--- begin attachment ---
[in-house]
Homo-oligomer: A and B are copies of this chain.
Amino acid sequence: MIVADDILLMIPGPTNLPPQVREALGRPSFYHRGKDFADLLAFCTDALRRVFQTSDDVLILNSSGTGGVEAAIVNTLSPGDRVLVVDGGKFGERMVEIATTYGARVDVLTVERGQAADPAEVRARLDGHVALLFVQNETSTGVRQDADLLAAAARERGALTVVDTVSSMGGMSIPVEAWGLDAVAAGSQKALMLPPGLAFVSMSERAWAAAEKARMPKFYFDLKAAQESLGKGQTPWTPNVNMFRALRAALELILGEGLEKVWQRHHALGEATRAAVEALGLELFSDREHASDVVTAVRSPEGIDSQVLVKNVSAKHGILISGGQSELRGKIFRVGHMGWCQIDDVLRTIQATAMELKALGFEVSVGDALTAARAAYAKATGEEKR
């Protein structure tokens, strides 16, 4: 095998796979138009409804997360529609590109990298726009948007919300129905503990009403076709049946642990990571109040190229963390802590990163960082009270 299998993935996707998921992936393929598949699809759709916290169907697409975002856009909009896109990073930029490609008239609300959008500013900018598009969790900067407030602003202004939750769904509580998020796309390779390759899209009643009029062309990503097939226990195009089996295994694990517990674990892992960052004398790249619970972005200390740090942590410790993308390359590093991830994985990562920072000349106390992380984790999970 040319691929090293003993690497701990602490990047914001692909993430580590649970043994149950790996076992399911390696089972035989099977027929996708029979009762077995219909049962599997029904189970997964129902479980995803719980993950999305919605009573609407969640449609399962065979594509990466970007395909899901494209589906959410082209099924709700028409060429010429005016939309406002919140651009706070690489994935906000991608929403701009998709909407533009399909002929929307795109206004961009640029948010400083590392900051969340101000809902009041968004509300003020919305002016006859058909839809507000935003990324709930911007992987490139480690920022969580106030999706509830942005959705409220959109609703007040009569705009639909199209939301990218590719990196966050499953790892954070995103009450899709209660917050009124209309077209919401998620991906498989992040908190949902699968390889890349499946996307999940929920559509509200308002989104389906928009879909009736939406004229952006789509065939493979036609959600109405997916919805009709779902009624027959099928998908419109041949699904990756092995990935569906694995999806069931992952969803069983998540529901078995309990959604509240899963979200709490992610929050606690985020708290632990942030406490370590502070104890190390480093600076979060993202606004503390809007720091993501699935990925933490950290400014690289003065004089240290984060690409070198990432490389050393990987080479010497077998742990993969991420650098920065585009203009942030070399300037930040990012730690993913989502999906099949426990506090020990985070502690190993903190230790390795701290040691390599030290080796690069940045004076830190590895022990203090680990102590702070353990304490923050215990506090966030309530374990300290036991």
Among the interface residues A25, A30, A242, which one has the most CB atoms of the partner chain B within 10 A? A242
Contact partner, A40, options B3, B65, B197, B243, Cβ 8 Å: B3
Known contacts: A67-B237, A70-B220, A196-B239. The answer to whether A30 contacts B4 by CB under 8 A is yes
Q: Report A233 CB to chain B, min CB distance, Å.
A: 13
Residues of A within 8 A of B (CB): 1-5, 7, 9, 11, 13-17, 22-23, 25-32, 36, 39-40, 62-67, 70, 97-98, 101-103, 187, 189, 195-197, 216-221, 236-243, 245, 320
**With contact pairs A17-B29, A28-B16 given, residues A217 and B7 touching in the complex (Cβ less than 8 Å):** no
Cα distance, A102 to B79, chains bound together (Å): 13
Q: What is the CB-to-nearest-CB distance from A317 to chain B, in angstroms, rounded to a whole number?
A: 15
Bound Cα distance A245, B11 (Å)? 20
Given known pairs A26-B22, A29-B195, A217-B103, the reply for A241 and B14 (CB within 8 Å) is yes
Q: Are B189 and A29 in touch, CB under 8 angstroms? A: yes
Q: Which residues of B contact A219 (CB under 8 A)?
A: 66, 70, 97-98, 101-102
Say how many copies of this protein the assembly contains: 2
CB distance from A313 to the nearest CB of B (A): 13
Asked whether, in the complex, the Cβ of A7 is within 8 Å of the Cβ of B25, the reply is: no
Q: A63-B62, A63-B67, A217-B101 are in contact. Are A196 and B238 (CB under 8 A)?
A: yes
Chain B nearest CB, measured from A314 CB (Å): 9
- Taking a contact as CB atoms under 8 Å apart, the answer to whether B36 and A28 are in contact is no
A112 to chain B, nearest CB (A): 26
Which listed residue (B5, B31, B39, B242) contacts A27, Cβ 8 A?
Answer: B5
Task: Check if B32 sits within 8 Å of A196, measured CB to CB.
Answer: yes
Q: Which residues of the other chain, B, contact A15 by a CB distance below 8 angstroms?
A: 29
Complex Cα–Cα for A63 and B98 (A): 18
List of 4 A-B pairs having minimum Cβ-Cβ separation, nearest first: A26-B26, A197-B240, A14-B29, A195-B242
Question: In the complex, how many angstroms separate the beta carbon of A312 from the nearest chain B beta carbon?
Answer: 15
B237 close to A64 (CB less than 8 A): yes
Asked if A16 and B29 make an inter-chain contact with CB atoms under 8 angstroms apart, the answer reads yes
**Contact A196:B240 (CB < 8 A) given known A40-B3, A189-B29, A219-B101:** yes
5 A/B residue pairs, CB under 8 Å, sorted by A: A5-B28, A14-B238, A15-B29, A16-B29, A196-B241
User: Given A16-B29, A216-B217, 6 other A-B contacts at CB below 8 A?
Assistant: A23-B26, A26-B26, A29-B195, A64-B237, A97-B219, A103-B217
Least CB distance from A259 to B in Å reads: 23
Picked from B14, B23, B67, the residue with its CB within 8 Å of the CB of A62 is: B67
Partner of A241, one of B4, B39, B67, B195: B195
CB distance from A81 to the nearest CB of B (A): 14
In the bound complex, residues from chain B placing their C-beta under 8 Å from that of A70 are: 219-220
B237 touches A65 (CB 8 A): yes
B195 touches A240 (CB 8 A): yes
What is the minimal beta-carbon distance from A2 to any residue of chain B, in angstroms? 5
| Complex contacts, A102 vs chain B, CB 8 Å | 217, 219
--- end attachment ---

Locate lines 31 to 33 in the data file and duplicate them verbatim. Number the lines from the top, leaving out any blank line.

Answer: yes
Q: Which residues of the other chain, B, contact A15 by a CB distance below 8 angstroms?
A: 29